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For the reduction of salt intake…….

Date:2012/10/01
Faster delivery can reduce need for salt, say scientists
Food scientists at the University of Nottingham have found a way of measuring how we register the saltiness of crisps which could lead to new ways of producing healthier crisps — without losing any of the taste.
减少盐的摄入量“The ‘salt burst’ from crisps is only released into the mouth 20 seconds after chewing begins,” said Dr Ian Fisk, a lecturer in the Division of Food Sciences. “This means that in many cases the crisp may have already been swallowed before the majority of the salty taste is detected.”
“Our aim is to develop a series of technologies that accelerate the delivery of salt to the tongue by moving the burst from 20 seconds to within the time that you normally chew and swallow,” he continued. “This would mean that less salt would be needed to get the same amount of taste.”

A consumer panel of food tasters was brought together and instructed to chew crisps a prescribed number of times and hold them in their mouths for 60 seconds. The crisps were then swallowed as normal. By taking tongue swabs and analysing the results on equipment capable of detecting sodium content they were able to monitor the salt levels as they peaked and troughed.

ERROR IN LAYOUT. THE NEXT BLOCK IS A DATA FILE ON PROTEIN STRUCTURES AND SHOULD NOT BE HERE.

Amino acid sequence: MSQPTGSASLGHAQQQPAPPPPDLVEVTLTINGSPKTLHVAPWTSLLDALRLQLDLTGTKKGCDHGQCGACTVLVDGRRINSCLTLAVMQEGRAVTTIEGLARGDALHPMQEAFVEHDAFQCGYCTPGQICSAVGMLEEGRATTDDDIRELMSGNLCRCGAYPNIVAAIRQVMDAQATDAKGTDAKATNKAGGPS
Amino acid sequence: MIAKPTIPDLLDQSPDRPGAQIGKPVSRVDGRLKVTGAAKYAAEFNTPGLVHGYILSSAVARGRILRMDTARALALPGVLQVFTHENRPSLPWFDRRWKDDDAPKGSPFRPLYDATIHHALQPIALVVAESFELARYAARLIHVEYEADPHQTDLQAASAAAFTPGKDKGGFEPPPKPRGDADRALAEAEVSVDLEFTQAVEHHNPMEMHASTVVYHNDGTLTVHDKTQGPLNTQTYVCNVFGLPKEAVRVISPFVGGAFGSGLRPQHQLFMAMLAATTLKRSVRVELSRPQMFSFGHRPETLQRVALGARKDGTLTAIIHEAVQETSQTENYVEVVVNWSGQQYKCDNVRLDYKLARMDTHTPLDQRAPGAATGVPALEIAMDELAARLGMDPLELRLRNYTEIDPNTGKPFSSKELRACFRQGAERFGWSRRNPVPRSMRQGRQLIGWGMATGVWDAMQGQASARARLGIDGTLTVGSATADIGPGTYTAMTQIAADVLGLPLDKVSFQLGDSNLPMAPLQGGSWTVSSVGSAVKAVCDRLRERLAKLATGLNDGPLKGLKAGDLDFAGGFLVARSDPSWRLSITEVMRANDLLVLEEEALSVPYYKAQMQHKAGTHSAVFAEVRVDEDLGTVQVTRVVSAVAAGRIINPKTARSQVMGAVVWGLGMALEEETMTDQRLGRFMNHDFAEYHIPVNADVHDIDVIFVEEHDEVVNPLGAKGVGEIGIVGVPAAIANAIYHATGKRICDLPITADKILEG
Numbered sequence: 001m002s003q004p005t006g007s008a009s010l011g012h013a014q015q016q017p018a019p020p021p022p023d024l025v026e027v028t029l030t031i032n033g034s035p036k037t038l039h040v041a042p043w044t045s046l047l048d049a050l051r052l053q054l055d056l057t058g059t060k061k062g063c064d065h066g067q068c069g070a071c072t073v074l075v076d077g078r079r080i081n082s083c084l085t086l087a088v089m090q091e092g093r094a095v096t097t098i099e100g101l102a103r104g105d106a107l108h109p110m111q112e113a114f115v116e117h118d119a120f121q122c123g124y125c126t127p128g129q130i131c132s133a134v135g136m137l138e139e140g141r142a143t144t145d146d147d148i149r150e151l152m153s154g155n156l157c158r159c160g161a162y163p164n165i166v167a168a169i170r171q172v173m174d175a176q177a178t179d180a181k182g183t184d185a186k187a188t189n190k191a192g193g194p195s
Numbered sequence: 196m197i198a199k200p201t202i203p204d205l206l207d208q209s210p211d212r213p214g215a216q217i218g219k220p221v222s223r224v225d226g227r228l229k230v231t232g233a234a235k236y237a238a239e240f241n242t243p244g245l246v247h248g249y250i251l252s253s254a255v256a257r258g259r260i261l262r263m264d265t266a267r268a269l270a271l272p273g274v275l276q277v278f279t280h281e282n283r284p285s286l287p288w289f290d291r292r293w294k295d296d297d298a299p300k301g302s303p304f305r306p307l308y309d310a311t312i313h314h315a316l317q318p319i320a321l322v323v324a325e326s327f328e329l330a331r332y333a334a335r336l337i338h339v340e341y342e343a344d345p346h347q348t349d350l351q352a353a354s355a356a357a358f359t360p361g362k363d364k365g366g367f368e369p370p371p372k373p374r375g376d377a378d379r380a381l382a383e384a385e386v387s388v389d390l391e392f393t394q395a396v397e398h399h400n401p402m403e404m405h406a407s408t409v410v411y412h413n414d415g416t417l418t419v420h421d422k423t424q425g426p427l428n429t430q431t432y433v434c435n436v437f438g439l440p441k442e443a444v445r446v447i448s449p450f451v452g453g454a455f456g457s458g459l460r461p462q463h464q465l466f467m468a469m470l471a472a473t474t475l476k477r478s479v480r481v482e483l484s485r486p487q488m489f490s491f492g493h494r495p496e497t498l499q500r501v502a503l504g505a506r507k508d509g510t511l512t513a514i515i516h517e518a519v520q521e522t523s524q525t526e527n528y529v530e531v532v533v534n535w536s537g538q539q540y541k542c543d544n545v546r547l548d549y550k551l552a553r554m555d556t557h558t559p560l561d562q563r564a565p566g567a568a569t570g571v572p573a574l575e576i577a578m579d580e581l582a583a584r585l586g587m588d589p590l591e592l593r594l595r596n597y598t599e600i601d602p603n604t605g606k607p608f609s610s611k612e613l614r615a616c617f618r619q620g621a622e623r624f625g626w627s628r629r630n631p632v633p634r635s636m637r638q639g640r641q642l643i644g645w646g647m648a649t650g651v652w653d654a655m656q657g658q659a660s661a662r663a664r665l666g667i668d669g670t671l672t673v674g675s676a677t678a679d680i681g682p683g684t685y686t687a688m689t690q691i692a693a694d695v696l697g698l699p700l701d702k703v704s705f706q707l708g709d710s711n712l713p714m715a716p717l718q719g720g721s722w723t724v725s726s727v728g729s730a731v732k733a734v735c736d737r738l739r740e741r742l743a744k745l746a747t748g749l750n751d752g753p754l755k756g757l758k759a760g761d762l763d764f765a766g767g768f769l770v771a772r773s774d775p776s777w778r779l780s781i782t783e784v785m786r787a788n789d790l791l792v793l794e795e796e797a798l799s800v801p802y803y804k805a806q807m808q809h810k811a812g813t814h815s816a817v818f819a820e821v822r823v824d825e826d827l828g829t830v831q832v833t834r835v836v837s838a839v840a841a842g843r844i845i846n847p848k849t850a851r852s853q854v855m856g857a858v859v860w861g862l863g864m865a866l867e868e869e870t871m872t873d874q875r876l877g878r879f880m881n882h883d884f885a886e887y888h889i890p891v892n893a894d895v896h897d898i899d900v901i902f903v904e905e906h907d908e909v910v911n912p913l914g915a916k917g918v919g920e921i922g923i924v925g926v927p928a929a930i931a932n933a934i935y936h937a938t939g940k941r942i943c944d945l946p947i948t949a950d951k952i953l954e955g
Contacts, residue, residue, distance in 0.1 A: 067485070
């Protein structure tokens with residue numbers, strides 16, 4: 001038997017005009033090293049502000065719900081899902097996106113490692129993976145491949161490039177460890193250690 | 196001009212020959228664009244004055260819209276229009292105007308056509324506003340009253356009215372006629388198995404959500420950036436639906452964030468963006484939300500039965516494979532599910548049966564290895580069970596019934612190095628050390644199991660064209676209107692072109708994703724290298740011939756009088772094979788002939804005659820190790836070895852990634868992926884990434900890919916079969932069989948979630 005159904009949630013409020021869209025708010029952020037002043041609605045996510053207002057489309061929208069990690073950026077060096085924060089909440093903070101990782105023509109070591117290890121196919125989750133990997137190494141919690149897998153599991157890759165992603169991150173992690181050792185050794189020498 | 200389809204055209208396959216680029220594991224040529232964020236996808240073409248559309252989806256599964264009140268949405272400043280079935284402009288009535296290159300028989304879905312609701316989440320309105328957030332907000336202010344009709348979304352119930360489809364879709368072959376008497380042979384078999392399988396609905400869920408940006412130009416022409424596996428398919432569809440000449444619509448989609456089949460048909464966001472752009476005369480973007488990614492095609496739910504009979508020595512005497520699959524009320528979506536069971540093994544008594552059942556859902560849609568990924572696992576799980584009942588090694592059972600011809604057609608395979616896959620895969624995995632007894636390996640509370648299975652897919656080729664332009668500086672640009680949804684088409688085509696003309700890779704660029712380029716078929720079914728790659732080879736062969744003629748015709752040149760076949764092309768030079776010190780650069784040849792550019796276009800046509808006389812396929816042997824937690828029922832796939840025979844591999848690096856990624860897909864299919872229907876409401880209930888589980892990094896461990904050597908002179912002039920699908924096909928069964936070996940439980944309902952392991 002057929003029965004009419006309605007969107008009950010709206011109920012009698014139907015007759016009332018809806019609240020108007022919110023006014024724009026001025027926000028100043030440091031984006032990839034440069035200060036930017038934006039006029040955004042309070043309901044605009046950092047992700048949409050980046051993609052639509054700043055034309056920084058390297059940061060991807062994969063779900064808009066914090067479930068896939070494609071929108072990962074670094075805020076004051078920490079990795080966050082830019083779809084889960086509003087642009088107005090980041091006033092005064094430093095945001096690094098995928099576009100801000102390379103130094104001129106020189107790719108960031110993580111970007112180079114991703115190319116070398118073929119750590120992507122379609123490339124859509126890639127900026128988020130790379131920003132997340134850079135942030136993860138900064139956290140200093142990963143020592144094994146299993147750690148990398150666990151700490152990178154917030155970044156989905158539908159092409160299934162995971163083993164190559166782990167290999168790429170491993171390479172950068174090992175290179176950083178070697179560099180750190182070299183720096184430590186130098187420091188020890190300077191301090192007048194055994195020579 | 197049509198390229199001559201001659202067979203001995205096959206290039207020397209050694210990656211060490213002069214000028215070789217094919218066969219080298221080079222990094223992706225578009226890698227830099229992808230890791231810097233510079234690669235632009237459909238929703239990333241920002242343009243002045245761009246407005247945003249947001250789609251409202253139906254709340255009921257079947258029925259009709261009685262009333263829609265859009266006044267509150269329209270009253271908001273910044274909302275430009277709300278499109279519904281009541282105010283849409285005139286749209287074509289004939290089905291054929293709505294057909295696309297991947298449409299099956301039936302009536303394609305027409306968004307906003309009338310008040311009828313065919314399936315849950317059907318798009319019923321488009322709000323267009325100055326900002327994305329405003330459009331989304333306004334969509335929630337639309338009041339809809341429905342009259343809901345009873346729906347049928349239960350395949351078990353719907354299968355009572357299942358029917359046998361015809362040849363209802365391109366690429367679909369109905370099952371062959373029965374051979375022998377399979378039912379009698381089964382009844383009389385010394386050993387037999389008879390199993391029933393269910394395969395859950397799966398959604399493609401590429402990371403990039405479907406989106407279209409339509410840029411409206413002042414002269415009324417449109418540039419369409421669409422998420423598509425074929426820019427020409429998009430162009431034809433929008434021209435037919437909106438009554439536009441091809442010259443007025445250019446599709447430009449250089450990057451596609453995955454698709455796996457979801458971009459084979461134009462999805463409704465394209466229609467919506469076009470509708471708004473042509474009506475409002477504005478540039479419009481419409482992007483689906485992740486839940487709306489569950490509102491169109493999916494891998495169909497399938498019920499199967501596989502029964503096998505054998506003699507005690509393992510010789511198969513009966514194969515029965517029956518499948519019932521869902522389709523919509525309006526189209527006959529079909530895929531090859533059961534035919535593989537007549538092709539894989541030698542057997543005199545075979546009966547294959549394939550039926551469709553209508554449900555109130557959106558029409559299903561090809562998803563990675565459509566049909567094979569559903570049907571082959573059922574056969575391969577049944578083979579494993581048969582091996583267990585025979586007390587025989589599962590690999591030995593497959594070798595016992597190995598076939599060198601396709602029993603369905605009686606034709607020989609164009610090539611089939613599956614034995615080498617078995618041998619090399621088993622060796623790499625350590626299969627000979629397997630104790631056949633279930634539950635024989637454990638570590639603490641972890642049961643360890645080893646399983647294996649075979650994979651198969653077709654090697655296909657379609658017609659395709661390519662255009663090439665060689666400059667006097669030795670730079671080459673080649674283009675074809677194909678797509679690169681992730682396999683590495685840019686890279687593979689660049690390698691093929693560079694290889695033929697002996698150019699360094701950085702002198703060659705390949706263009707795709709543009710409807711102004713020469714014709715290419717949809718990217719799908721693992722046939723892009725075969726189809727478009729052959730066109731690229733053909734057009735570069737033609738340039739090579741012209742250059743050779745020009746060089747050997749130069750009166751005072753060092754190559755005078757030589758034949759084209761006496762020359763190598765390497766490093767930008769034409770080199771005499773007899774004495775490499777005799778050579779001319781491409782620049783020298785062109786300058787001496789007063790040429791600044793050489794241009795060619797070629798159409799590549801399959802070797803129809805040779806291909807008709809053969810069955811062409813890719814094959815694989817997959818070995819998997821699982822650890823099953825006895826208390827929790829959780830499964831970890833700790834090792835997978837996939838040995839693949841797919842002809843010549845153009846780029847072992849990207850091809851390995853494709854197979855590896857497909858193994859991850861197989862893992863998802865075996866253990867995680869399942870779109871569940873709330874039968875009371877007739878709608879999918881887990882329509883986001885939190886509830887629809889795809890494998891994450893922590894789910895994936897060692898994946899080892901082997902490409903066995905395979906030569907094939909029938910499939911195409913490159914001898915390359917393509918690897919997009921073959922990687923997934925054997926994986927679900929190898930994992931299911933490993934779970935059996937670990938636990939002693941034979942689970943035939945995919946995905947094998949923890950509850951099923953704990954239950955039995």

Salt in crisps sits both on the surface and is embedded in the surface oil. Thus, the salt has to be physically separated from the crisp bolus (chewed material), solubilised in the saliva and then moved to the salt receptors in the tongue for the brain to register the taste before being swallowed. “After 20 seconds we detected a peak in saliva salt concentration,” said Dr Fisk. “The panellists confirmed that they too detected an increase in salt perception at around this time.”

Excess salt in the diet has been linked to high blood pressure and cardiovascular disease. The World Health Organisation’s recommendation for daily salt intake is five grams. The reduction of salt intake is now a major challenge for health authorities and the food industry.

    

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